Intended for healthcare professionals

Practice Uncertainties

Do direct acting antivirals cure chronic hepatitis C?

BMJ 2018; 361 doi: https://doi.org/10.1136/bmj.k1382 (Published 10 May 2018) Cite this as: BMJ 2018;361:k1382

Re: Do direct acting antivirals cure chronic hepatitis C? Our question is: does Cochrane aim to inform health decision making, or actively interpret data to make those decisions?

Dear Editor,

We read the above article (1) and the authors’ responses to queries and comments with interest. Given the significant number of responses, we limit our comments to a couple of additional key issues that we feel have not been raised so far.

1. We had similar concerns to those raised by others regarding the apparent lack of consideration of the benefits of SVR in relation to transmissibility. It was therefore particularly interesting to note the authors’ response stating that “blood-borne transmission is still possible” when SVR has been achieved (1). However, the reference provided by the authors as evidence for HCV-RNA being found in peripheral blood mononuclear cells of those achieving SVR (2) to support the unequivocal statement made by the authors does not provide the required evidence to clearly and definitively substantiate these comments. Within that paper (2), the authors have provided a number of references that mention the findings of viral RNA in body tissues in some of those who achieve SVR. It is possible that we may have missed the secondary reference that clearly demonstrates viral RNA presence in peripheral blood mononuclear cells of those who achieved SVR, and a consequent risk of transmission. However, given the importance of this statement for clinical practice and public health, it is imperative that the supporting evidence for this statement is clearly presented.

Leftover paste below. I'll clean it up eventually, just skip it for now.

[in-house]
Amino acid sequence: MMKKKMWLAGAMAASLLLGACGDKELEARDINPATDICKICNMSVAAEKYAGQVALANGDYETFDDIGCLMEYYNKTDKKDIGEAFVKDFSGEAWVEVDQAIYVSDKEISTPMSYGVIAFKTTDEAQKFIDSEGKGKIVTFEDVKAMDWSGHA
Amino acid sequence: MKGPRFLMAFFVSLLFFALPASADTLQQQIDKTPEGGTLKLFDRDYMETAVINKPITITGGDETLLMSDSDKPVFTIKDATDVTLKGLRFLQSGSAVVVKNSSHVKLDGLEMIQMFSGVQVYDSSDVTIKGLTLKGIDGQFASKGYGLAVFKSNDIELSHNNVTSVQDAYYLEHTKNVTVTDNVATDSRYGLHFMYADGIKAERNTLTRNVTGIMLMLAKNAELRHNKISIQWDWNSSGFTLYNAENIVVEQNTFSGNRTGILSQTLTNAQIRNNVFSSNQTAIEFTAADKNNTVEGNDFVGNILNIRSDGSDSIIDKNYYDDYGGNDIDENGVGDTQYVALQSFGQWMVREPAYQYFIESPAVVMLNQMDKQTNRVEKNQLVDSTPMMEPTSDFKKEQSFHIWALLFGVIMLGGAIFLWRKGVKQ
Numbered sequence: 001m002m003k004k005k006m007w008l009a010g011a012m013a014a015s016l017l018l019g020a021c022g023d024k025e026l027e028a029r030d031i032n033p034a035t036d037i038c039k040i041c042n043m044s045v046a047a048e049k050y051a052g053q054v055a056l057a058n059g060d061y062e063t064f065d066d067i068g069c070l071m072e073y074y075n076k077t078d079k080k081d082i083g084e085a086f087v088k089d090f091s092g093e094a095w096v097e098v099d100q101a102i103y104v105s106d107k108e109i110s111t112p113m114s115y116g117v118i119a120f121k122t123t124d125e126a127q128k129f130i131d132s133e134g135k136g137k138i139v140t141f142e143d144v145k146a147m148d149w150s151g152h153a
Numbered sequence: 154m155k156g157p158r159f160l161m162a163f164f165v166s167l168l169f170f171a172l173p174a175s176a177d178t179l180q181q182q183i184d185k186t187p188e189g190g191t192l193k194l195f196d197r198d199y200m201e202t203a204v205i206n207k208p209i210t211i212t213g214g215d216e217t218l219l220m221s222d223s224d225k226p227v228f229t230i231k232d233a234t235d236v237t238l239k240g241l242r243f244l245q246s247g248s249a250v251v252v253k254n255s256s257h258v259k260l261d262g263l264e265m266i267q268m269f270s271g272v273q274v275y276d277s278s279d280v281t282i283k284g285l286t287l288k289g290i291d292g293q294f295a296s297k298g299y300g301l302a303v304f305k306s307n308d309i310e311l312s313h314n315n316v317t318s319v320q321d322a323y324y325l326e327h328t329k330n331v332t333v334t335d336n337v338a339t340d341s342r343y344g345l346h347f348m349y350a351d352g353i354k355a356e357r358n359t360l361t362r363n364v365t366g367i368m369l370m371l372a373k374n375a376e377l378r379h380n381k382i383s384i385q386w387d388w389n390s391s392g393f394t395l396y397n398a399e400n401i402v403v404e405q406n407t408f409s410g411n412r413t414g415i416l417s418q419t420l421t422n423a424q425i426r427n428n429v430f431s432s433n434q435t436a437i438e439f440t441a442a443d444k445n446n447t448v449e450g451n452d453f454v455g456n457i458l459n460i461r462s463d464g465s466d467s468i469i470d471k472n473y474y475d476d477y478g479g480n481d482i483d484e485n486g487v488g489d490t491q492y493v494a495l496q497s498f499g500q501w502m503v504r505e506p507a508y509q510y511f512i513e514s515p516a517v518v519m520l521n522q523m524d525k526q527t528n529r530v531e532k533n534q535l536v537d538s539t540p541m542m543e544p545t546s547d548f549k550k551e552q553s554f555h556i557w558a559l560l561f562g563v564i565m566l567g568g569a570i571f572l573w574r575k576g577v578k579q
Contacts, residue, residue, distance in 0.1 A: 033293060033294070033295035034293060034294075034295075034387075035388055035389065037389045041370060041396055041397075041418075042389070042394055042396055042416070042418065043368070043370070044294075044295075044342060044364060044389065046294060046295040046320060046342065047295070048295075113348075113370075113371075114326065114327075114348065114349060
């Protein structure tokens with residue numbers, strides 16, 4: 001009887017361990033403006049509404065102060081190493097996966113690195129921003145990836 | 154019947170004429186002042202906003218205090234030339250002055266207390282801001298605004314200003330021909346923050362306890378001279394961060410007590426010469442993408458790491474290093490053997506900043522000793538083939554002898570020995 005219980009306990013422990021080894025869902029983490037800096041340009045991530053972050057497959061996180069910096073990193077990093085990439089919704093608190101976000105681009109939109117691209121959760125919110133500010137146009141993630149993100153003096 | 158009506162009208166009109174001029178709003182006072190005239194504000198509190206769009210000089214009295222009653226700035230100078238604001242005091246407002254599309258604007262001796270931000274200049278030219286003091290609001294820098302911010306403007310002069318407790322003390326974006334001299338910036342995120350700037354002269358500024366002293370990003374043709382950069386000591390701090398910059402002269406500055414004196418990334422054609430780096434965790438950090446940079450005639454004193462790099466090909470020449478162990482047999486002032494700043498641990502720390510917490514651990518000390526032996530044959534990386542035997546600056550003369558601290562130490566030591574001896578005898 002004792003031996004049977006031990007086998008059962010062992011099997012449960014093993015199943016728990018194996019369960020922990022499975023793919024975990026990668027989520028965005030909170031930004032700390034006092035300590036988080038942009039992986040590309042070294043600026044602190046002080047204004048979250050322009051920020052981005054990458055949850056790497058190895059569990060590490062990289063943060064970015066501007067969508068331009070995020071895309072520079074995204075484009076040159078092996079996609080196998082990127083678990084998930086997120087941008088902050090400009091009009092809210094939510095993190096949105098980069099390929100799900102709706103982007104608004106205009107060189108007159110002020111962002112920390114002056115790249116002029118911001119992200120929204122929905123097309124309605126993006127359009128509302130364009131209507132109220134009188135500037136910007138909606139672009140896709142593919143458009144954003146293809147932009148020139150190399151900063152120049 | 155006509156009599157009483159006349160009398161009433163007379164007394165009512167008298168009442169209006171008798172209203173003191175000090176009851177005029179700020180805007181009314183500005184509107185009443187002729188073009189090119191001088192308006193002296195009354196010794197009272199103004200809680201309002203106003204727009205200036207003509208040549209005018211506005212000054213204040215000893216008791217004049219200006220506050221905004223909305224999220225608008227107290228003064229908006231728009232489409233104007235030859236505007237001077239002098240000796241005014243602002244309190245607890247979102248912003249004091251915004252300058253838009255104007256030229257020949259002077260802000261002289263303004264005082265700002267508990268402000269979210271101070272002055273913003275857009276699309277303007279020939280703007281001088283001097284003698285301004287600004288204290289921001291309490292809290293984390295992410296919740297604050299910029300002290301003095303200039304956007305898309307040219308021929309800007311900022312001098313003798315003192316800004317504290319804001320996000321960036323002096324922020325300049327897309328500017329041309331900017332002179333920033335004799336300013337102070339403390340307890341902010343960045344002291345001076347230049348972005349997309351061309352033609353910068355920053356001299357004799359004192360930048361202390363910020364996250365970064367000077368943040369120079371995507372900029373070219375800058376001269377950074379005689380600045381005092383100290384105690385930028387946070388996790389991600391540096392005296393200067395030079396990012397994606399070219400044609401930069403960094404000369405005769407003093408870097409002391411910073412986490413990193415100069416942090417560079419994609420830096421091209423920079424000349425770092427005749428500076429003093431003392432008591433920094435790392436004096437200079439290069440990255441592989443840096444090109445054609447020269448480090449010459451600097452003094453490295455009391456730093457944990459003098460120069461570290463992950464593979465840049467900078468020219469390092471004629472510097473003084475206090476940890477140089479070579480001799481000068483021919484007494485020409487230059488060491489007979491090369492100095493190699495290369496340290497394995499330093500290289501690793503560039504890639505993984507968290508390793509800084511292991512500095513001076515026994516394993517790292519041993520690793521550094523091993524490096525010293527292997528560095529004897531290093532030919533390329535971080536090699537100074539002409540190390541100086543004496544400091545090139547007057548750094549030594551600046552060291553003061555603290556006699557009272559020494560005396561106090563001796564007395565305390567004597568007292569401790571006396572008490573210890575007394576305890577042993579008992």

2. We also question the value of members of a Cochrane group providing specific practice recommendations, as has been done here. The Cochrane Group state that “Our global independent network gathers and summarizes the best evidence from research to help you make informed choices about treatment and we have been doing this for 25 years” (3). The Cochrane Strategy to 2020 (4) extends to include a number of roles, within this overarching remit of informing health decision making, but it does not include actively interpreting data to make those decisions on behalf of the healthcare profession. In an open and inclusive decision making process, we expect the findings of such reviews to be interpreted in conjunction with a series of other considerations including patients’ views, health service access and funding, and to be fully appraised by a group or panel representing all important stakeholder groups in order to make a decision on practice implementation in a particular locality, region or country. In this case, members of the Cochrane group have been involved in interpreting the findings of the review in isolation to make and publish generalised recommendations for practice implementation. Particularly considering the wide-reaching impact of Cochrane reviews and the weight given by frontline health professionals to their findings, choosing to make such recommendations may have, in this instance, served to limit access to treatment for patients in some countries or situations leading to a missed opportunity to reduce the overall burden and spread of hepatitis C infection.

Dr Sam Ghebrehewet
Head of Health Protection & Consultant in Communicable Disease Control
PHE North West – Cheshire & Merseyside

Dr Katie Smith
Specialty Registrar in Public Health (ST4)
PHE North West – Cheshire & Merseyside

References
1. Jakobsen JC, Nielsen EE, Koretz RL, Gluud C. Do direct acting antivirals cure chronic hepatitis C? BMJ 2018; 361: k1382.
2. Koretz RL, Lin KW, Ioannidis JP, Lenzer J. Is widespread screening for hepatitis C justified? BMJ. 2015; 13:350:g7809. doi: 10.1136/bmj.g7809.
3. Cochrane (Trusted Evidence. Informed Decisions. Better Health): About Us https://www.cochrane.org/about-us (Accessed 29th July 2018).
4. Cochrane (Trusted Evidence. Informed Decisions. Better Health): Strategy to 2020 aims to put Cochrane evidence at the heart of health decision-making all over the world. https://www.cochrane.org/about-us/strategy-to-2020 (Accessed 29th July 2018).

Competing interests: No competing interests

09 August 2018
Sam Ghebrehewet
Head of Health Protection & Consultant in Communicable Disease Control
Katie Smith
PHE North West – Cheshire & Merseyside
Cunard Building, Water Street, Liverpool, L3 1DS